Review: Apple iMac (2012)

For the past few years, Apple has kept the iMac on the sidelines, instead choosing to focus the spotlight on its portable and mobile offerings.

The iPhone remains Apple’s cash cow, and the fervor is palpable every time a new version is released. The MacBook Air and MacBook Pro with Retina Display are two ultra-slender notebooks that impress with both their design and their performance. And the iPad, which debuted all the way back in 2010, has some wondering if the notebook is even necessary anymore. As each of these products was unveiled, the current iMac design — originally introduced in 2009 — routinely underwent quiet upgrades. It was barely mentioned at Apple’s splashy media events.

Not this time — when Apple debuted the new iMac alongside the iPad mini and a newer Retina display iPad at its media event last October, it was the iMac that turned the most heads. Sure, the iPad mini was the hot item of the day going in, but the stunningly thin iMac generated more buzz than we were expecting. It certainly made the jaded digerati leap to Twitter with excitement.

The design, an impressively slender all-metal case capped by edge-to-edge glass, garners wows. But the fact that Apple managed to pack in a real computer — in my tester, a 3.1 GHz quad-core i7 processor, 16 GB of RAM, and a 1TB Fusion Drive running OS X Mountain Lion — is just as commendable. This thing doesn’t just look good, it knows how to work it, too.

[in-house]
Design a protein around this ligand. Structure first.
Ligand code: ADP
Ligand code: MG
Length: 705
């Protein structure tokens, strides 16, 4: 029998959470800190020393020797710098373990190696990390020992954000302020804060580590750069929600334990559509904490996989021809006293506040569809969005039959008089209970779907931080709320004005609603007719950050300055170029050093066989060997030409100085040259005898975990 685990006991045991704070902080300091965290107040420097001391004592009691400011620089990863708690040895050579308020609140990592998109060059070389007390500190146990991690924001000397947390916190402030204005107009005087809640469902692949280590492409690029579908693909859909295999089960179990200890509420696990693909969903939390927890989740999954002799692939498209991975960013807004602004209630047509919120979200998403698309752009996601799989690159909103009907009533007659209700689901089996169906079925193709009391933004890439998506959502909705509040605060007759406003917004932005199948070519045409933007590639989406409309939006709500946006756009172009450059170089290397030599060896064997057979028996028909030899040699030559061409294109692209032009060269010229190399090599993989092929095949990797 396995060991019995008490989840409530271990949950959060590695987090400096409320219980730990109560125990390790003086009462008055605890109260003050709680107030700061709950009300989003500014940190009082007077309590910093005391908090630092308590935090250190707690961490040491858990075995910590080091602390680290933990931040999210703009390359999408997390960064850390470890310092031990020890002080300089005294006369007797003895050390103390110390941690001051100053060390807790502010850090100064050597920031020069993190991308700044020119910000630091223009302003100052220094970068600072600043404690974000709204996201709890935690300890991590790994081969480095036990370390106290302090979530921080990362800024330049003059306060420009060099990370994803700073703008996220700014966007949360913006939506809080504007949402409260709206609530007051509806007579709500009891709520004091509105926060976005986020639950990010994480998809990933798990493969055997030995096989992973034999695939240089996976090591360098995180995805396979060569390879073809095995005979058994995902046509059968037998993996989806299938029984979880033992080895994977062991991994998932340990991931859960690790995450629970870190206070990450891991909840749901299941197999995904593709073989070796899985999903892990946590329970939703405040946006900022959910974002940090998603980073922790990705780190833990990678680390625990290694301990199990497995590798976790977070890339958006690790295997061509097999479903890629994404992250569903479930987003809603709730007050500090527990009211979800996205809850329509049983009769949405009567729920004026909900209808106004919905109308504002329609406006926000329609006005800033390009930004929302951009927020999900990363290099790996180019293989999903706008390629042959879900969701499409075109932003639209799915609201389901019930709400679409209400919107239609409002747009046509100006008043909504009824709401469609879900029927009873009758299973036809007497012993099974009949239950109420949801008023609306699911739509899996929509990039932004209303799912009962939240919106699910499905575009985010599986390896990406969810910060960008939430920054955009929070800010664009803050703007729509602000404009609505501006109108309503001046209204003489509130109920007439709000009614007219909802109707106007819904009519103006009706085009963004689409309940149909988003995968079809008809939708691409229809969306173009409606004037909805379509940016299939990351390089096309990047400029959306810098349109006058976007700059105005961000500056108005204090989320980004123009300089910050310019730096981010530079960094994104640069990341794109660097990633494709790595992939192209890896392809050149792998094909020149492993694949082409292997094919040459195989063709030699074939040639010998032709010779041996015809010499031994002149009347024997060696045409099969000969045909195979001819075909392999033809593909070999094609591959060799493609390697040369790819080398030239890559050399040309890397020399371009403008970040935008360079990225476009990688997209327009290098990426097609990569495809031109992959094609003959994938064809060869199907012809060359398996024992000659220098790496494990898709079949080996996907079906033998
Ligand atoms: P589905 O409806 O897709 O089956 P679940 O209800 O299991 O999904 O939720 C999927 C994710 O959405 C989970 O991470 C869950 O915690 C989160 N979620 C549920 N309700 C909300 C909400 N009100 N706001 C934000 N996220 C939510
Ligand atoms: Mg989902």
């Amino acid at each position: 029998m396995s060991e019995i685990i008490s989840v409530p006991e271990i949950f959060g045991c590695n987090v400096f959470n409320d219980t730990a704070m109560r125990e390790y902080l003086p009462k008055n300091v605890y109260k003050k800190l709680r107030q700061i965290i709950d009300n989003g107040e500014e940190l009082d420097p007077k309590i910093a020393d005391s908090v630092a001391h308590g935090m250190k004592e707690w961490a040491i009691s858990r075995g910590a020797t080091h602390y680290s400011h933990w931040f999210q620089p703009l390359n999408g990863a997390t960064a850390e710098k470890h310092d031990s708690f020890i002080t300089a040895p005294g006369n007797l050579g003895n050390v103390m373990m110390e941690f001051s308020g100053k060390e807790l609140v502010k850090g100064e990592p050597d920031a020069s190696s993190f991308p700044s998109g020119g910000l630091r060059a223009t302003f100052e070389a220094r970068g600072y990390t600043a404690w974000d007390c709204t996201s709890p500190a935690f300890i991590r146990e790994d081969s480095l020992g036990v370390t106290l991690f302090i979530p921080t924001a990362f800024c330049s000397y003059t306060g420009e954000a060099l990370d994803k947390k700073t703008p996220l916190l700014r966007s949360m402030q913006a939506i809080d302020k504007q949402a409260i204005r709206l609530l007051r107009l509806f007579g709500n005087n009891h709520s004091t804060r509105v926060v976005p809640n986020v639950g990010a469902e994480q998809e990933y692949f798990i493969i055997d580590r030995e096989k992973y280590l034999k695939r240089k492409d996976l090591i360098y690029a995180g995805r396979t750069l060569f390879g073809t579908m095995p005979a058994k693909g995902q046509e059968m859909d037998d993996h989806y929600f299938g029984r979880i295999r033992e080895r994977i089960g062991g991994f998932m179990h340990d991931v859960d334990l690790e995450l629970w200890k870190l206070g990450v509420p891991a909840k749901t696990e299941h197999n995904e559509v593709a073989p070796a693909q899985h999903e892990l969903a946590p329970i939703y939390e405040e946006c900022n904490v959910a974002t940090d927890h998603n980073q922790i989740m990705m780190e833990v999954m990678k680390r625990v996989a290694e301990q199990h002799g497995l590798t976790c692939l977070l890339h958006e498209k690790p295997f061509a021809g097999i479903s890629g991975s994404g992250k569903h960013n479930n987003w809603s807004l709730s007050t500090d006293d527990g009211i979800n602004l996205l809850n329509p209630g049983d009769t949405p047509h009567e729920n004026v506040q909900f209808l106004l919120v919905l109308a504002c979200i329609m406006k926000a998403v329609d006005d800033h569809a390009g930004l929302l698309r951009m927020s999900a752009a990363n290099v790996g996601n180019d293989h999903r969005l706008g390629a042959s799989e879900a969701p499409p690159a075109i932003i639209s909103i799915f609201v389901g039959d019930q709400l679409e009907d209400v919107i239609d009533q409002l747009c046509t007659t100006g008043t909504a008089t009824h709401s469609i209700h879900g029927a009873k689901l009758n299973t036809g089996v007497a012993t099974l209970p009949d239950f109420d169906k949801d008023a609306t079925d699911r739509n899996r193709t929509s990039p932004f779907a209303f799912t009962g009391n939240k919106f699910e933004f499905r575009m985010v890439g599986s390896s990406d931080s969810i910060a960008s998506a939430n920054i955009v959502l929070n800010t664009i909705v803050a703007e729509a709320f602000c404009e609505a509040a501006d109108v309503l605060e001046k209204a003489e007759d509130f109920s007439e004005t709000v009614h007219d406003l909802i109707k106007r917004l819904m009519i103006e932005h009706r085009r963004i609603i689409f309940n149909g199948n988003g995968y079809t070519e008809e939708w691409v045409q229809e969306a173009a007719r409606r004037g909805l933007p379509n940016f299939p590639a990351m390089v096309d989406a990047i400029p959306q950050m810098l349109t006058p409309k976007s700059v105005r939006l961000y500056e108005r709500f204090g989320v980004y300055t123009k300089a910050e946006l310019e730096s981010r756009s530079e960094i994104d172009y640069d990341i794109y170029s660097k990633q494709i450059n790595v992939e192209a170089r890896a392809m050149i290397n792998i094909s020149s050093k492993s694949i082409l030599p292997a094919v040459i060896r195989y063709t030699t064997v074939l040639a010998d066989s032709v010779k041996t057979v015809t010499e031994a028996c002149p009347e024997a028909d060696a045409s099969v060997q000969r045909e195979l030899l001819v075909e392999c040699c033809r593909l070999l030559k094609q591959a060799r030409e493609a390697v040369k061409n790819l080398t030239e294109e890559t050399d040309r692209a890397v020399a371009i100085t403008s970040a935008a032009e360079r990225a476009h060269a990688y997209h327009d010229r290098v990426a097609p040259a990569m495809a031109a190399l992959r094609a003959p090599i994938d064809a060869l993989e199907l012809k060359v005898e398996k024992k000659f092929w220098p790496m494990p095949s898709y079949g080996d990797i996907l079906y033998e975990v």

From the front, the new iMac is almost indistinguishable from the last iteration. It has the same folded-metal base, and beneath the black-edged display is the same silver “chin” with a shiny black Apple logo in the center. It’s not until you spin the thing to the side that you notice its almost unfathomable slenderness and gentle curves.

Some people hate it when you refer to a consumer electronics product as “sexy,” but … this is a damn sexy piece of machinery. At its edges, the iMac’s thickness measures a mere 5 millimeters. That’s so thin, Apple couldn’t use traditional manufacturing methods to bond the front and rear aluminum pieces together. It instead had to employ a method called friction stir welding, which creates a completely seamless, aerospace-quality juncture. It’s only that thin at the edges though. It gently tapers to a modest bulge at the center rear — you’ve got to fit those hardware guts in there somewhere.

Our loaner iMac included a 1-terabyte Fusion Drive, a hybrid drive with both 128GB of Flash storage and a traditional, spinning 1TB HDD. All of this is optimized at the system level in OS X Mountain Lion. Your workflow gets optimized on the fly — frequently used apps and files get pushed to the SSD, where they earn blazing fast read and write speeds, and things you use less often get pushed onto the hard disk. But it comes at a price: the Fusion Drive option is an extra $250 tacked onto the base $1,500 model. The standard-issue quad-core processor and 8GB of memory should be adequate for most, though I’d recommending upping the RAM to at least 16GB for professional users. Note: If you’re buying the 21.5-inch version, you have to buy the RAM at the time of purchase, as there’s no way to upgrade the memory yourself. The 27-incher has a small door to access the SO-DIMM slots.

Apple’s likely not going to refresh this iMac design for another few years yet, so if you recently grabbed a 2010 or 2011 iMac, there’s no urgent need to rush out and upgrade to a new one. However, if you are in the market for a new desktop and have a couple grand to drop, you’d be hard-pressed to find anything out there this slick and satisfying. Just be sure to rip all your CDs before you make the leap.

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